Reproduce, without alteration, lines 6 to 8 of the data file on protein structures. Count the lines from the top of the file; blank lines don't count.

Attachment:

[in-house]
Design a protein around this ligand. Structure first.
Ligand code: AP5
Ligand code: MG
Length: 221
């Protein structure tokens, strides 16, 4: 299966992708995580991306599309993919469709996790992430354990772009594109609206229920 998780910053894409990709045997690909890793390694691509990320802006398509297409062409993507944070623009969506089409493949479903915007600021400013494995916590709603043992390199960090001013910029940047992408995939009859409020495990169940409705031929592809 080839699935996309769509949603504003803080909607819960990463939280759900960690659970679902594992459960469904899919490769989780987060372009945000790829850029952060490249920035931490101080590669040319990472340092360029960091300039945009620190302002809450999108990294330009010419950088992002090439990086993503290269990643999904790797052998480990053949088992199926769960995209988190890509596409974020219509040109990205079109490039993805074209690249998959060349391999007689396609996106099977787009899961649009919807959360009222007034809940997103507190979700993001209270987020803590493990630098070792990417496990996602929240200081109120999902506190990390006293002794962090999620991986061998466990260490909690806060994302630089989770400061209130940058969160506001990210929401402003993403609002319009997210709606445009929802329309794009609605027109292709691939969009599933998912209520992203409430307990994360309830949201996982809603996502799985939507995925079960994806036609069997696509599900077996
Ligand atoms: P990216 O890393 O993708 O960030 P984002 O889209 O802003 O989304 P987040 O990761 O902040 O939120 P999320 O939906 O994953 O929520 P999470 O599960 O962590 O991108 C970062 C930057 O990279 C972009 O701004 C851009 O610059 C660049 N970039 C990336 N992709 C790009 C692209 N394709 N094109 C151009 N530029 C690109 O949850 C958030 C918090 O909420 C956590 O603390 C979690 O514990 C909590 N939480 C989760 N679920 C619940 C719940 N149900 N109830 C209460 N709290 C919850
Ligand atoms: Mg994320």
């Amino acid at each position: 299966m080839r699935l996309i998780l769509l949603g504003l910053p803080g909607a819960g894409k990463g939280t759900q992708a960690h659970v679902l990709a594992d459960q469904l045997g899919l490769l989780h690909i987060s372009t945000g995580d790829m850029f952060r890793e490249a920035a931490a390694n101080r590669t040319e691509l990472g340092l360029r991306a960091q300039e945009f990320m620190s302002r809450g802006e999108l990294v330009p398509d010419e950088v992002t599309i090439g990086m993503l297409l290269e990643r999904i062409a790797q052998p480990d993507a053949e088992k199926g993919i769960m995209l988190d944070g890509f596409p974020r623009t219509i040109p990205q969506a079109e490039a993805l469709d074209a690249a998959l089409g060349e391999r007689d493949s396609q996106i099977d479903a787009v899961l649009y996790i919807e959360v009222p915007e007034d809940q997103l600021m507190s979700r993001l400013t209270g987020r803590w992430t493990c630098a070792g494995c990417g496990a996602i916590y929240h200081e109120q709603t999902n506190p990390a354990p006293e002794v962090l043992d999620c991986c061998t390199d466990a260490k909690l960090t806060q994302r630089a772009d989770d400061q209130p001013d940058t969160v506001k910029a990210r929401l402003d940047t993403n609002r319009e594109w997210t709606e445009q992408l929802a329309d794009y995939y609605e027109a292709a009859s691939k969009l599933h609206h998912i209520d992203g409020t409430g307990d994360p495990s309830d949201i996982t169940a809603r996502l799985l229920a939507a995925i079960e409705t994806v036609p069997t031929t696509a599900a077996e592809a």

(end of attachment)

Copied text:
């Protein structure tokens, strides 16, 4: 299966992708995580991306599309993919469709996790992430354990772009594109609206229920 998780910053894409990709045997690909890793390694691509990320802006398509297409062409993507944070623009969506089409493949479903915007600021400013494995916590709603043992390199960090001013910029940047992408995939009859409020495990169940409705031929592809 080839699935996309769509949603504003803080909607819960990463939280759900960690659970679902594992459960469904899919490769989780987060372009945000790829850029952060490249920035931490101080590669040319990472340092360029960091300039945009620190302002809450999108990294330009010419950088992002090439990086993503290269990643999904790797052998480990053949088992199926769960995209988190890509596409974020219509040109990205079109490039993805074209690249998959060349391999007689396609996106099977787009899961649009919807959360009222007034809940997103507190979700993001209270987020803590493990630098070792990417496990996602929240200081109120999902506190990390006293002794962090999620991986061998466990260490909690806060994302630089989770400061209130940058969160506001990210929401402003993403609002319009997210709606445009929802329309794009609605027109292709691939969009599933998912209520992203409430307990994360309830949201996982809603996502799985939507995925079960994806036609069997696509599900077996
Ligand atoms: P990216 O890393 O993708 O960030 P984002 O889209 O802003 O989304 P987040 O990761 O902040 O939120 P999320 O939906 O994953 O929520 P999470 O599960 O962590 O991108 C970062 C930057 O990279 C972009 O701004 C851009 O610059 C660049 N970039 C990336 N992709 C790009 C692209 N394709 N094109 C151009 N530029 C690109 O949850 C958030 C918090 O909420 C956590 O603390 C979690 O514990 C909590 N939480 C989760 N679920 C619940 C719940 N149900 N109830 C209460 N709290 C919850
Ligand atoms: Mg994320």